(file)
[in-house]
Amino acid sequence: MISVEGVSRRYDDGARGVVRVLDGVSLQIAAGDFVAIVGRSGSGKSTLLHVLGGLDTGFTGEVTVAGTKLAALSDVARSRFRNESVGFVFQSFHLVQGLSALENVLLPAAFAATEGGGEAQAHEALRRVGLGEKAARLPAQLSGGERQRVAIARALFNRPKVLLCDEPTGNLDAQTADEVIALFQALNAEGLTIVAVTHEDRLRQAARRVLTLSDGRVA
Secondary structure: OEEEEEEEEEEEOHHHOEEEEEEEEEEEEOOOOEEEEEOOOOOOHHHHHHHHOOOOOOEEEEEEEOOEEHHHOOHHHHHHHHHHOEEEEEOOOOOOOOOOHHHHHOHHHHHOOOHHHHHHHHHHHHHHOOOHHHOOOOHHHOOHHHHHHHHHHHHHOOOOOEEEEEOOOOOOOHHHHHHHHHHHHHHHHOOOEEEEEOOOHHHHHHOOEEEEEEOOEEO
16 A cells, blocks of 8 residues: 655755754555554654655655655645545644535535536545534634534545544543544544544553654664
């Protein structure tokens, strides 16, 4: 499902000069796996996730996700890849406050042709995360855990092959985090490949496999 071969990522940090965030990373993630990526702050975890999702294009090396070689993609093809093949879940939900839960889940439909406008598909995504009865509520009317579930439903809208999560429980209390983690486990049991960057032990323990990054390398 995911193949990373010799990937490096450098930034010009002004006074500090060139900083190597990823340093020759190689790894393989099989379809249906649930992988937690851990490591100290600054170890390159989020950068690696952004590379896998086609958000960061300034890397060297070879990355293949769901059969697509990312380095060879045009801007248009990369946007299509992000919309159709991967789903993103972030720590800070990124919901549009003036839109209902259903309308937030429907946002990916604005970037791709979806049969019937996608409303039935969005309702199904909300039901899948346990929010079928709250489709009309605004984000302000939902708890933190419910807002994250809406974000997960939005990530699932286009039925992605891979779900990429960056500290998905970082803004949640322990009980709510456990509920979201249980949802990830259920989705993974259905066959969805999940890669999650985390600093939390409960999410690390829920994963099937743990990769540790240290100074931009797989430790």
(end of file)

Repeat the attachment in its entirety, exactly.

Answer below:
[in-house]
Amino acid sequence: MISVEGVSRRYDDGARGVVRVLDGVSLQIAAGDFVAIVGRSGSGKSTLLHVLGGLDTGFTGEVTVAGTKLAALSDVARSRFRNESVGFVFQSFHLVQGLSALENVLLPAAFAATEGGGEAQAHEALRRVGLGEKAARLPAQLSGGERQRVAIARALFNRPKVLLCDEPTGNLDAQTADEVIALFQALNAEGLTIVAVTHEDRLRQAARRVLTLSDGRVA
Secondary structure: OEEEEEEEEEEEOHHHOEEEEEEEEEEEEOOOOEEEEEOOOOOOHHHHHHHHOOOOOOEEEEEEEOOEEHHHOOHHHHHHHHHHOEEEEEOOOOOOOOOOHHHHHOHHHHHOOOHHHHHHHHHHHHHHOOOHHHOOOOHHHOOHHHHHHHHHHHHHOOOOOEEEEEOOOOOOOHHHHHHHHHHHHHHHHOOOEEEEEOOOHHHHHHOOEEEEEEOOEEO
16 A cells, blocks of 8 residues: 655755754555554654655655655645545644535535536545534634534545544543544544544553654664
């Protein structure tokens, strides 16, 4: 499902000069796996996730996700890849406050042709995360855990092959985090490949496999 071969990522940090965030990373993630990526702050975890999702294009090396070689993609093809093949879940939900839960889940439909406008598909995504009865509520009317579930439903809208999560429980209390983690486990049991960057032990323990990054390398 995911193949990373010799990937490096450098930034010009002004006074500090060139900083190597990823340093020759190689790894393989099989379809249906649930992988937690851990490591100290600054170890390159989020950068690696952004590379896998086609958000960061300034890397060297070879990355293949769901059969697509990312380095060879045009801007248009990369946007299509992000919309159709991967789903993103972030720590800070990124919901549009003036839109209902259903309308937030429907946002990916604005970037791709979806049969019937996608409303039935969005309702199904909300039901899948346990929010079928709250489709009309605004984000302000939902708890933190419910807002994250809406974000997960939005990530699932286009039925992605891979779900990429960056500290998905970082803004949640322990009980709510456990509920979201249980949802990830259920989705993974259905066959969805999940890669999650985390600093939390409960999410690390829920994963099937743990990769540790240290100074931009797989430790």